Cart (0)
Recently Added
0 Items Total $0.00

The item you just added is unavailable. Please select another product or variant.

Recently Added

0 Items

Total $0.00

The item you just added is unavailable. Please select another product or variant.

Sage Garden Blog

What are the benefits of leaf litter?

With fall conditions rapidly removing leaves from the trees home owners are turning their attention to raking... sometimes madly! Lawns and gardens can become very leafy at this time of the year. So the question becomes: is this okay and what should we do with these leaves? Here are some pointers. 

1) Fallen leaves are an awesome resource and an important part of local ecology. Therefore (as much as possible) leaf material should be left more-or-less where it is. Many types of wildlife depend of leaf debris for food and shelter (including native butterflies, earth worms and birds); leaf litter also helps keep weeds down and insulate the ground and surrounding plants for winter. Finally, fallen leaves contribute significant nutrients and vital micro-organisms that keep soils healthy.

2) Where it is not practical or even permitted to leave foliage on the lawn (some suburban developments, for example), think about mulching the material finely and spreading on the lawn or garden. Leaves are a phenomenal source of nutrients! Adding mulched leaves to existing garden beds is a hugely effective way to build soil health. Best of all: leaf litter is a reliable and free resource for improving clay soils! It is not necessary to dig leaf litter in - simply spread on top of soil and Mother Nature takes care of the rest.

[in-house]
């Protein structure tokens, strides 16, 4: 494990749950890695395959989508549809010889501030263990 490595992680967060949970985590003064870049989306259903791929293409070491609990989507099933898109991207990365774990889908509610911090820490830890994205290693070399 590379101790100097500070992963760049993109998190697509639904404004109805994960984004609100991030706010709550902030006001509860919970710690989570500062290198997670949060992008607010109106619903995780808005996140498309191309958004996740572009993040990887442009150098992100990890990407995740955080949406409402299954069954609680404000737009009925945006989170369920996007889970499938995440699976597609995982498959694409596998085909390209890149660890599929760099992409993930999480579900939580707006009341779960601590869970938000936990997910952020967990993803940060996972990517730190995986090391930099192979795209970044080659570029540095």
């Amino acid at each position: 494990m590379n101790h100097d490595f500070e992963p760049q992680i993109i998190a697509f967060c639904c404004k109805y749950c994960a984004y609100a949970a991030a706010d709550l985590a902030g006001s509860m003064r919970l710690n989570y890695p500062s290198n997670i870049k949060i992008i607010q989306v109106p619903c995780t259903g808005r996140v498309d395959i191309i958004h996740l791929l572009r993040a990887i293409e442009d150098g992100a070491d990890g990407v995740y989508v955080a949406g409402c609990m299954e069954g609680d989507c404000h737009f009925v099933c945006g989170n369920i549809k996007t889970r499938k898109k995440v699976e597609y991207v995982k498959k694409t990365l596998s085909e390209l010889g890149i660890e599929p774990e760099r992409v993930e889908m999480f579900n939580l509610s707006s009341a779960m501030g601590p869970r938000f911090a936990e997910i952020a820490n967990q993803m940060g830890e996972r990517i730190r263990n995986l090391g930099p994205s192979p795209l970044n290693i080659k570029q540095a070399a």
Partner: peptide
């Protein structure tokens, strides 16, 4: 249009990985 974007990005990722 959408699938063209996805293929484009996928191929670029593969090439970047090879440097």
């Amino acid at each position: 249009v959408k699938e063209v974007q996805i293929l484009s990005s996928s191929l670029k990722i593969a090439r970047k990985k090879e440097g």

3) If you have an active compost pile or actual composter, dried leaves are an important source of "browns" (supplying carbon).

4) There are a few situations where leaf litter can pose a problem. For example the leaves of many fruit trees are susceptible to fungal diseases that may create a vicious cycle of disease when used as mulch. If there are any know disease issues avoid using these leaves as mulch / litter. Another situation where leaf litter can cause trouble is on perennial beds where plants have sensitive crowns (the top part of a root that develops the above ground stems). Some examples include asparagus, echinacea and peonies. For these types of plants it is best to ensure leaves are not piled on thick or heavy - best to mulch before spreading.

There has been a big shift in terms of local homeowners diverting leaf debris from the landfill; but thousands of bags end up in local landfills none-the-less! Hopefully you can take advantage of the many benefits of leaves for your lawn and garden while also helping reduce the burden on our waste disposal sites. Leaves are free and abundant - truly a gift to us gardeners.

← Five Ways to Prevent Bringing Pests Indoors Moving plants indoors late in the season →

Leave a comment

Comments have to be approved before showing up

Shopping List